There’s no denying that cloud computing has changed the way both large enterprises and small businesses operate.
The latest market analysis from Cisco states that global cloud IP traffic will almost quadruple (3.7-fold) over the next 5 years. It will grow at a CAGR (Compound Annual Growth Rate) of 30% from 2015 to 2020.
With the increased acceptance of cloud computing, we can look forward to better and greater tapping of cloud resources this year. A few trends to watch out for in 2017 are:
Migration will continue to accelerate
The only question that remains to be answered for most business enterprises is when to move their services to the cloud as cloud providers are constantly updating their services. It is not only the small businesses that are shifting their services to the cloud, but large commercial organisations are doing so as well.
A new report from McKinsey’s Silicon Valley group has found that cloud migration will gain maximum acceleration for large enterprises that have, until now, been reluctant to accept the changing technology. While nearly 77% companies relied on traditional IT infrastructure in 2015, this number is likely to drop down to 43% in 2018 as large businesses will migrate to cloud-based infrastructure, the report concludes.
Cloud security will take precedence
Though an increasing number of commercial enterprises are moving their services to the cloud, a few companies still have reservations in using this technology. Security remains the biggest concern for them. As an increasing number of organisations in manufacturing and healthcare industries are migrating to the cloud, data security will need to stay one step ahead.
Though there is no iron-clad consensus about cloud security capabilities, several IT experts, including Scott Chasin, believe that cloud computing can offer robust security in the coming years. “There’s a growing call for security to be treated as a fundamentally basic utility where safety can be assumed. The cloud is the key to enabling this, with benefits like storage options, scalability, and ease of deployment,” says Chasin.
The continued rise of containers
The cloud computing industry has witnessed a surge in the use of containers as they can make operations more portable and efficient. Flexibility and lowered costs are the driving forces behind this trend. They are a good means to develop and deploy micro-services, especially for cloud-based applications.
According to Anand Krishnan, EVP and GM of cloud at Canonical, the company behind Ubuntu, “Containers will be used for deploying solutions to solve real-world business problems. Companies will use them to provide new services that are secure, efficient, elastic, and scalable.”
Machine learning and artificial intelligence will gain prominence
Machine learning and artificial intelligence can be the next big waves in the cloud computing industry. The four biggest players in this industry Google, Microsoft, Amazon Web Services, and IBM have already introduced machine-learning and artificial-intelligence-based cloud services.
Microsoft offers over 20 cognitive services, while IBM launched its first cloud-based platform for AI-powered decision-making in September last year. The platform called Project DataWorks automates the intelligent deployment of data products on the IBM Cloud using Machine Learning and Apache Spark.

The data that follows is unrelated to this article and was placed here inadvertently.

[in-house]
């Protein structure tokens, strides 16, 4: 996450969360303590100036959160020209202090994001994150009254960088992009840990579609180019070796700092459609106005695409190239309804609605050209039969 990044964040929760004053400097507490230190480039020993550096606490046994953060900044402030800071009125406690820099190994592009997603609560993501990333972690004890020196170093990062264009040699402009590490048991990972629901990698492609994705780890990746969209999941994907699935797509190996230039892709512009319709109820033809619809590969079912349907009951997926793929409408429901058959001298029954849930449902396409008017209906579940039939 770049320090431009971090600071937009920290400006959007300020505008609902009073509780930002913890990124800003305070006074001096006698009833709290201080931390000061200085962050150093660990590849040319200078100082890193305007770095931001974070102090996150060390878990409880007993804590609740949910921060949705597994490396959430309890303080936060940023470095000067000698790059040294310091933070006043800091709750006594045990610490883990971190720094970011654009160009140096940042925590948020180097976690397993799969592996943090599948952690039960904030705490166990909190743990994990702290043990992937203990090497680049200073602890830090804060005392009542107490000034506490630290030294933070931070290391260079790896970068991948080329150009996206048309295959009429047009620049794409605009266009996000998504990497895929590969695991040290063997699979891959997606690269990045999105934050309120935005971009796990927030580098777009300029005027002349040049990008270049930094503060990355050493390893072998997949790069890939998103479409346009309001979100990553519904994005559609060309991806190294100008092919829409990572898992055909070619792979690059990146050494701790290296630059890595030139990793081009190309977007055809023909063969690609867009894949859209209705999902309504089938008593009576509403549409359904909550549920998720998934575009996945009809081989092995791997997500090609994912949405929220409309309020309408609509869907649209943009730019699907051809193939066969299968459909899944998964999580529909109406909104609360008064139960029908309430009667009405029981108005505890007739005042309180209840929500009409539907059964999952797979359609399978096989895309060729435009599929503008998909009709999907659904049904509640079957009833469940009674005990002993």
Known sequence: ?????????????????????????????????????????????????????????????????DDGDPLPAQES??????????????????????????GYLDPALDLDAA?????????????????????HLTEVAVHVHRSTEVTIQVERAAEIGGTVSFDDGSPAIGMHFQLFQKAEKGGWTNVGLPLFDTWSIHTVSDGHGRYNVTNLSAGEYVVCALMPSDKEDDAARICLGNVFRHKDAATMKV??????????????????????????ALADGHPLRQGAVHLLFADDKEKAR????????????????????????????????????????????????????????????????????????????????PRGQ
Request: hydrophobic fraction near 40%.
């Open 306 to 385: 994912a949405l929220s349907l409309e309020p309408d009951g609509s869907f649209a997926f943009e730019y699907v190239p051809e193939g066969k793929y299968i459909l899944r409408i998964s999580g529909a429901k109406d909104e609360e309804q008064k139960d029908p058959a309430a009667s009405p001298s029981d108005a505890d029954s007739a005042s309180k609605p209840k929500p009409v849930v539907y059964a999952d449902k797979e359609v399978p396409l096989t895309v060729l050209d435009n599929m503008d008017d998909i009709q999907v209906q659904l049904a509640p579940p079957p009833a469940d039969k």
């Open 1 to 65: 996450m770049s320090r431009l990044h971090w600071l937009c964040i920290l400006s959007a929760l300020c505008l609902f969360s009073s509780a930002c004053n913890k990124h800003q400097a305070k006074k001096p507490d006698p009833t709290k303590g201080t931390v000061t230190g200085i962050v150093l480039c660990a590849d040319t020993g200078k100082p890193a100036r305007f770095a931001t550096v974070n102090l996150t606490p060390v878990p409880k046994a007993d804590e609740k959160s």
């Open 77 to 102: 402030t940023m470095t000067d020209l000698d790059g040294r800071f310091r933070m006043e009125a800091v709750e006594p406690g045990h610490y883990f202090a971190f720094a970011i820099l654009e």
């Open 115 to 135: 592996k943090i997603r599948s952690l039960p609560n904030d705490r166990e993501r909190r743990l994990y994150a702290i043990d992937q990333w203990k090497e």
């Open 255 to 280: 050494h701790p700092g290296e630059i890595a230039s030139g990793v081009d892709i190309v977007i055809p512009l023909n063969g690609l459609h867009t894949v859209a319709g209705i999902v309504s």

Google too unveiled a set of cloud computing services last year. Though the use of machine learning and artificial intelligence in the industry is still in its infancy, it is going to shape the future of cloud computing platforms.
Hybrid cloud continues to proliferate
Though small-and-medium-sized businesses can shift their services to the cloud, it may not be a financially-viable solution for large enterprises, at least not immediately. As they usually make significant investments in on-premises IT infrastructure, these companies will move only a part of their operations to the cloud.
This is not the only factor that will drive the development of hybrid clouds. It’s about having the best of both. A hybrid approach will enable businesses to take advantage of the scalability offered by cloud computing, without exposing critical data to third-party vulnerabilities.
Hybrid cloud development, however, faces several challenges including integration and application incompatibilities. The lack of management tools and common APIs is also a top concern for public cloud providers. But according to Ed Anderson, research vice president at Gartner, these top concerns also highlight some of the top opportunities for cloud providers. “We know that both public and private cloud services (of various types) will become more widely used. Therefore, providers must focus on the top hybrid cloud challenges to be successful in meeting the growing demand for hybrid cloud solutions,” says Anderson.
Just a few years ago, several enterprises moved to the cloud in a bid to gain advantage over their competitors. However, it has now become necessary to use cloud computing services and why not? The sheer flexibility, scalability and cost-friendly nature of cloud computing technology has started to attract consumers from a wide range of industries, including aviation, healthcare, and automobile. With the largest commercial organisations increasingly tapping into cloud services, cloud adoption is expected to increase to a greater extent in 2017.